Plenty of experiences shape our lives I reflect on my memories and my mothers. How her life was shaped that she had no control over, spending some considerable time at the Western Springs Camp Auckland New Zealand.
I have been told that I was one of those babies who would held their breath on purpose till I turned blue. That makes a lot of sense, as only the other day, after yet another personal melt down, my hair dresser and I discussed that I was one of those people who are classed as highly strung. Explains a lot.
Now I remember that my parents argued like 24/7 and let me tell you it wasn’t fun. You spend your life on tenterhooks, as you don’t know what is going to happen next. I have a photo that I remember with sadness. It didn’t start out that way as I was getting to spend time with my dad, it was a sunny afternoon and he had been playing ball with me, I remember the ball being rolled down the hill, playing catch, mother came out and was asking us to pose for a photo, I don’t remember her being there up until then.
Dad lay down and snuggled me close into him. I distinctly remember her saying ‘don’t hold her like that she is getting to old’ for that.
What may have been very innocent words have stuck with me ever since. Was it that she wasn’t an affectionate person; this is a fact, as she spent more times beating me than loving me. Had she seen or felt something that she thought was inappropriate, or and I think this is the ticket, that she was abused and unloved as a child, failing to identify family love.
|The one when I was younger and clearly it was still okay to hold me close.|
|A bit older and for some reason was not okay.|
She was and still is a tortured soul, coming from a dysfunctional family, a habit that she couldn’t break, and has raised her family as one very dysfunctional crowd.
The small amount of her background that I know is that, she was abandoned by her mother and had to live with her father, who was in a relationship with another woman. Lived in what I think were classed as slums or state housing by the Auckland Zoo in Western Springs. I couldn’t locate very much information about this place of paradise, but have found a very small amount of information from a site and have copied the only reference to the accommodation near the zoo in Western Springs during that time. As the article states, children were expected to contribute and I do know that my mother is very bitter about white washing wall’s, she was covered in burns from the solution they used. I don’t think she had much of a childhood. She did tell stories of listening to the lion’s roar and stories of the occasional escape of animals.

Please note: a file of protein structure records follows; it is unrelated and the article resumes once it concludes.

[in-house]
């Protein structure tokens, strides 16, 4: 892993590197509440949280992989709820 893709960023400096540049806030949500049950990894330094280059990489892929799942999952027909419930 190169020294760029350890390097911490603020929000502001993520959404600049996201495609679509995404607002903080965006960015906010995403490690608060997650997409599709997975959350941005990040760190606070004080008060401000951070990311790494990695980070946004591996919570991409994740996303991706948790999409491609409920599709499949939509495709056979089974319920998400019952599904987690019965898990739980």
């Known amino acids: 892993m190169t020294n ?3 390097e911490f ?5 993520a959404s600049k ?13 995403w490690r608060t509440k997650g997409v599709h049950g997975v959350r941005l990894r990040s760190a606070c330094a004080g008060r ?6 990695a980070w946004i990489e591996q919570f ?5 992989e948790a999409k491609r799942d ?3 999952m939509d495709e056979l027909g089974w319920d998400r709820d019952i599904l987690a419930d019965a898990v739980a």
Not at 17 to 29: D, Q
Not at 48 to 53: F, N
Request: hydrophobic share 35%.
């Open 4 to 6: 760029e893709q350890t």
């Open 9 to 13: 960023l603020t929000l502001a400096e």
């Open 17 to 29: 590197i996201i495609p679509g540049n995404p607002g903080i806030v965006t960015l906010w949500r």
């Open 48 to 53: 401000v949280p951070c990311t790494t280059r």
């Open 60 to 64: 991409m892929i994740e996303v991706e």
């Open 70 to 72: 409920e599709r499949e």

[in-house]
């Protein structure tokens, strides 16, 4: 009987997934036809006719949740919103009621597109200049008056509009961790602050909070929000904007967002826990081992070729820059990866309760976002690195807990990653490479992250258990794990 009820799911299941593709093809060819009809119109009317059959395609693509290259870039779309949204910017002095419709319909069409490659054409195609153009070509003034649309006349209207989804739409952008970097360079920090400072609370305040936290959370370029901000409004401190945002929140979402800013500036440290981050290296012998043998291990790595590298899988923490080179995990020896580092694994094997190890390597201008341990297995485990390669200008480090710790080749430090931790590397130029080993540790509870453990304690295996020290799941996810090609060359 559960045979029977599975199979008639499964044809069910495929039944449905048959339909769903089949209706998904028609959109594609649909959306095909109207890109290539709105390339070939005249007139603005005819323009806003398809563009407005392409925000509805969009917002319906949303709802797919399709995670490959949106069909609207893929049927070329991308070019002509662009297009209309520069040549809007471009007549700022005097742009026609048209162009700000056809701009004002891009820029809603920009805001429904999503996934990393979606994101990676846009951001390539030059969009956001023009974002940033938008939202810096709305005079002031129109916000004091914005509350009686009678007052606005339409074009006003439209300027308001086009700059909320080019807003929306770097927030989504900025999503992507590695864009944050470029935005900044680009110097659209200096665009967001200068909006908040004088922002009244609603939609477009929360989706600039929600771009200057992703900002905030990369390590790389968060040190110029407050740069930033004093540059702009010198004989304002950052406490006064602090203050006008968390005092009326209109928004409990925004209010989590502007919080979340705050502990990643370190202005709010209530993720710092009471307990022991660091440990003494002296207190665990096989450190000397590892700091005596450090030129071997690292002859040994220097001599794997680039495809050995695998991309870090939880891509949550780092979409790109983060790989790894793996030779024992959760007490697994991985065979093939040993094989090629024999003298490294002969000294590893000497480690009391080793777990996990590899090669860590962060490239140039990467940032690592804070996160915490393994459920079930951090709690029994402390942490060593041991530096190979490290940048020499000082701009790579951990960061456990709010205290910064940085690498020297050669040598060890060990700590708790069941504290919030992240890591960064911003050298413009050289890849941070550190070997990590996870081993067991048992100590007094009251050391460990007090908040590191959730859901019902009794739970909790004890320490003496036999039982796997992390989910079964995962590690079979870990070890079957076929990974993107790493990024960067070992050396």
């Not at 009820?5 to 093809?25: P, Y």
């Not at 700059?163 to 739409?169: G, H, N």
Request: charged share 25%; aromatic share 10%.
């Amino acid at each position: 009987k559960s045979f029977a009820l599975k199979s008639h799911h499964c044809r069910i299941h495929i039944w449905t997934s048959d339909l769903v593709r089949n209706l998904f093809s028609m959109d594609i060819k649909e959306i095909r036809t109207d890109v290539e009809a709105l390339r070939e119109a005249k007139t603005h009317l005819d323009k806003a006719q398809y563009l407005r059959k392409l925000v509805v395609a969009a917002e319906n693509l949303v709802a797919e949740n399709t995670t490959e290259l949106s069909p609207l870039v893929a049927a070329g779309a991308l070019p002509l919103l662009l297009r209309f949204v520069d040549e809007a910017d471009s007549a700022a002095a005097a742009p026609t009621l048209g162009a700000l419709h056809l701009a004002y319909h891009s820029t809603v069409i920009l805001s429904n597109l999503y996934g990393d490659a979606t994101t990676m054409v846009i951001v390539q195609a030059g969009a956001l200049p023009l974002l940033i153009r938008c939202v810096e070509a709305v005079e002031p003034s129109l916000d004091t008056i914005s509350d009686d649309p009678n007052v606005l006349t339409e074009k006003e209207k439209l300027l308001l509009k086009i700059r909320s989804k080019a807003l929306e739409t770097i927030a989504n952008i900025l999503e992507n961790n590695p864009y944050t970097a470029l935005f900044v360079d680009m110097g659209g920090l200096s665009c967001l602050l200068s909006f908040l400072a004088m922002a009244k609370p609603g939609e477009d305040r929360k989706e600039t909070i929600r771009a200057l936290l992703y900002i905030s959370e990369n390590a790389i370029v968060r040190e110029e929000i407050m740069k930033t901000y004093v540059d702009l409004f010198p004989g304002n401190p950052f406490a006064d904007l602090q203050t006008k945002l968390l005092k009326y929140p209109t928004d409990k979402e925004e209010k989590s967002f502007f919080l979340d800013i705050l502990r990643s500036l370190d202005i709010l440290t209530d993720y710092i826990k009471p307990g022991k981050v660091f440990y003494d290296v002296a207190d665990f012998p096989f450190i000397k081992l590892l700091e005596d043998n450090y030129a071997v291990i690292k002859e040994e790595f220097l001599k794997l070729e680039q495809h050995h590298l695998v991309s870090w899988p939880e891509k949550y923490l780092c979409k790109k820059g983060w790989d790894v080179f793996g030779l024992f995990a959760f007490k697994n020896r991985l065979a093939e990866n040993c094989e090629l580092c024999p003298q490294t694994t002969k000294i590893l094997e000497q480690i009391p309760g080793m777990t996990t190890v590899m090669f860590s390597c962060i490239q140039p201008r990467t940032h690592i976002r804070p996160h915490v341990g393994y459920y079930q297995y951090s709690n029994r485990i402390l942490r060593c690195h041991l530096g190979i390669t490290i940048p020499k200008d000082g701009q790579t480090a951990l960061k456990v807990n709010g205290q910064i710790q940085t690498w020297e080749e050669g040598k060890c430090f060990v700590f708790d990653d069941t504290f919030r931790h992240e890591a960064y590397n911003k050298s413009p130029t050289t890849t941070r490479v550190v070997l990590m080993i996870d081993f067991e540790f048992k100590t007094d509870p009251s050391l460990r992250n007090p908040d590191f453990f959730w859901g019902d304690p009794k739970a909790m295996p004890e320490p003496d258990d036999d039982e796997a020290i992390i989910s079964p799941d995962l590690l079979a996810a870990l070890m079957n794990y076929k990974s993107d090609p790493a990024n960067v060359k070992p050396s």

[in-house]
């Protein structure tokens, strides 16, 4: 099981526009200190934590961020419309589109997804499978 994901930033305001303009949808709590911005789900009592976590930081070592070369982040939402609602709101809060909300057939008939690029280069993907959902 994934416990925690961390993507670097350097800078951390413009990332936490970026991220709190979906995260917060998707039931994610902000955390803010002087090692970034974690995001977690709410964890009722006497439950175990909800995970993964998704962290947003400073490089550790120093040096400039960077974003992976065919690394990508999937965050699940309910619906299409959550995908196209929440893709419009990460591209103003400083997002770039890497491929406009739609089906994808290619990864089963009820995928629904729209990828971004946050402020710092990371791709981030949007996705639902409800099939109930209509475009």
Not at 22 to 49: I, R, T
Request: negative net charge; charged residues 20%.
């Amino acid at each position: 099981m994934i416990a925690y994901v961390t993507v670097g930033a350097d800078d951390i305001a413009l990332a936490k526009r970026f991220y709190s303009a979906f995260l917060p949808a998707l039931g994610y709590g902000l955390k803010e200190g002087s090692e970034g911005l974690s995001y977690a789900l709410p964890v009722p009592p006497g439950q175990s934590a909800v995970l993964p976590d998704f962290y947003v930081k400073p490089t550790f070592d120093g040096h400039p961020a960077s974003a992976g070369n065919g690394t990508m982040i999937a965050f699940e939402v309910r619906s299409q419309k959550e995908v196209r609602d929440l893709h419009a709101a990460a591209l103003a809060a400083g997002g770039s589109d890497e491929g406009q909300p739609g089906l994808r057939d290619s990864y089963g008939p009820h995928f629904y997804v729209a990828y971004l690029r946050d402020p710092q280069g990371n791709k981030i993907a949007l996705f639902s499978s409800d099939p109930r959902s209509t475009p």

It was different times then and not many speak of the despair, the hopelessness, the war, the poverty or the lasting impression it has left on their lives or how it has altered their lives, could it have been any different? How lucky we are to be given and offered so many different opportunities. We or I mustn’t judge just be grateful for what I have got and have managed to achieve. Raising my own family has been a gift and making the change has been another.
During the Second World War, Western Springs provided a camp for US soldiers. When the war ended, the camp became a cramped residence for families who had nowhere else to live, and partners and children often had to live separately. The 42 units closed down in 1959, when there was finally enough state housing to go around.
Times were often tough in the ‘40s and ‘50s, and many children were expected to contribute by helping out around the house or earning a bit of extra cash.